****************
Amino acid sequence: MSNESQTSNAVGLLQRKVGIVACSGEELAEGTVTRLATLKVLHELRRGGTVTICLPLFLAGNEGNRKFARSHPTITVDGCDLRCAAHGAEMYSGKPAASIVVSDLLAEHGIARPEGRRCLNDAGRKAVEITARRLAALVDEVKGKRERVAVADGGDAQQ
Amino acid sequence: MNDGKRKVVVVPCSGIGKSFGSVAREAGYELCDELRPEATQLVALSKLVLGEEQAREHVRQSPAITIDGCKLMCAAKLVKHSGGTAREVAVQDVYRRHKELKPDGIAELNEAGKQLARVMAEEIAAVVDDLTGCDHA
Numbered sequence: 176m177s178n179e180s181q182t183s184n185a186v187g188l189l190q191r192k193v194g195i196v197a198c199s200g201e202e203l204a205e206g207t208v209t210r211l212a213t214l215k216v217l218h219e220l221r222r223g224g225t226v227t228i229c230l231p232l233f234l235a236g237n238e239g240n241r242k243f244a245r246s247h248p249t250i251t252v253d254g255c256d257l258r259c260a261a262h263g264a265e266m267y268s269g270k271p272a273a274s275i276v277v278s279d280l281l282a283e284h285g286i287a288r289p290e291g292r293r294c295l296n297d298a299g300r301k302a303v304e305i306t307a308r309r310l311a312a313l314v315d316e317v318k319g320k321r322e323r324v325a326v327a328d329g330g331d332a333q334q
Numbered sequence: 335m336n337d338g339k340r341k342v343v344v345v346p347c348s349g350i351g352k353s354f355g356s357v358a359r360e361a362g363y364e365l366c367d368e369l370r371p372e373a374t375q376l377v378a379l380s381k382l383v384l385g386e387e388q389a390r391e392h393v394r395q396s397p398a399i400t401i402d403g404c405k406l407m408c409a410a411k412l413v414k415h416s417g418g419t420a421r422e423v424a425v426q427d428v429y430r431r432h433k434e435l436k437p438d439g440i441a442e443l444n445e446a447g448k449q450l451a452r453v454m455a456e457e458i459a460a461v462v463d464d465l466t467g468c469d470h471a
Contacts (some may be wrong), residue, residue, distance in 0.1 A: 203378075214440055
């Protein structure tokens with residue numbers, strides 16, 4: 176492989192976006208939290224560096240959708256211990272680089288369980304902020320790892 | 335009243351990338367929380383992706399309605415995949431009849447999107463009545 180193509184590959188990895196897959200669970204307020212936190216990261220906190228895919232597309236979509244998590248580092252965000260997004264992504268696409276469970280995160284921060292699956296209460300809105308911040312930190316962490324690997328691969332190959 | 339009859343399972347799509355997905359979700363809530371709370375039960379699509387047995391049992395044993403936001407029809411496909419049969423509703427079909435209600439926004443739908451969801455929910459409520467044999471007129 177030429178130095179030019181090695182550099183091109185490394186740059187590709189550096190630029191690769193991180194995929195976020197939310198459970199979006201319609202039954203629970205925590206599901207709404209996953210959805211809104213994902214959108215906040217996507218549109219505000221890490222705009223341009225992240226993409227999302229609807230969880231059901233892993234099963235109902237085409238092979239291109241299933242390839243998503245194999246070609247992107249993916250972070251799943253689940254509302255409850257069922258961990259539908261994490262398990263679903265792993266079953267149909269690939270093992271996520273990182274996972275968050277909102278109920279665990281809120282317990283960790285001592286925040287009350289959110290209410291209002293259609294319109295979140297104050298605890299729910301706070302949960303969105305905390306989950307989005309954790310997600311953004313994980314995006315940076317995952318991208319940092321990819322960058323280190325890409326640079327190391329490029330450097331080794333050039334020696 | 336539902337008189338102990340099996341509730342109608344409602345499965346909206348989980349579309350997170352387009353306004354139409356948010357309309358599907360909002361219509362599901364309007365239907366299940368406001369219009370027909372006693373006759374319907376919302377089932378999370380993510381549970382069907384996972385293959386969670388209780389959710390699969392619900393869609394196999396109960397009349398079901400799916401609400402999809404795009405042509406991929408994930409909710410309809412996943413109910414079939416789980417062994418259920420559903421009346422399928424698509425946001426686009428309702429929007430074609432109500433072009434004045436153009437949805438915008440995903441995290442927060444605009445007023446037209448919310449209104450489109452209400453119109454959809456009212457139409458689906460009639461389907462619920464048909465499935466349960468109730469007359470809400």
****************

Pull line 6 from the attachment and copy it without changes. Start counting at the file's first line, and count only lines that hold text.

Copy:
């Protein structure tokens with residue numbers, strides 16, 4: 176492989192976006208939290224560096240959708256211990272680089288369980304902020320790892 | 335009243351990338367929380383992706399309605415995949431009849447999107463009545 180193509184590959188990895196897959200669970204307020212936190216990261220906190228895919232597309236979509244998590248580092252965000260997004264992504268696409276469970280995160284921060292699956296209460300809105308911040312930190316962490324690997328691969332190959 | 339009859343399972347799509355997905359979700363809530371709370375039960379699509387047995391049992395044993403936001407029809411496909419049969423509703427079909435209600439926004443739908451969801455929910459409520467044999471007129 177030429178130095179030019181090695182550099183091109185490394186740059187590709189550096190630029191690769193991180194995929195976020197939310198459970199979006201319609202039954203629970205925590206599901207709404209996953210959805211809104213994902214959108215906040217996507218549109219505000221890490222705009223341009225992240226993409227999302229609807230969880231059901233892993234099963235109902237085409238092979239291109241299933242390839243998503245194999246070609247992107249993916250972070251799943253689940254509302255409850257069922258961990259539908261994490262398990263679903265792993266079953267149909269690939270093992271996520273990182274996972275968050277909102278109920279665990281809120282317990283960790285001592286925040287009350289959110290209410291209002293259609294319109295979140297104050298605890299729910301706070302949960303969105305905390306989950307989005309954790310997600311953004313994980314995006315940076317995952318991208319940092321990819322960058323280190325890409326640079327190391329490029330450097331080794333050039334020696 | 336539902337008189338102990340099996341509730342109608344409602345499965346909206348989980349579309350997170352387009353306004354139409356948010357309309358599907360909002361219509362599901364309007365239907366299940368406001369219009370027909372006693373006759374319907376919302377089932378999370380993510381549970382069907384996972385293959386969670388209780389959710390699969392619900393869609394196999396109960397009349398079901400799916401609400402999809404795009405042509406991929408994930409909710410309809412996943413109910414079939416789980417062994418259920420559903421009346422399928424698509425946001426686009428309702429929007430074609432109500433072009434004045436153009437949805438915008440995903441995290442927060444605009445007023446037209448919310449209104450489109452209400453119109454959809456009212457139409458689906460009639461389907462619920464048909465499935466349960468109730469007359470809400």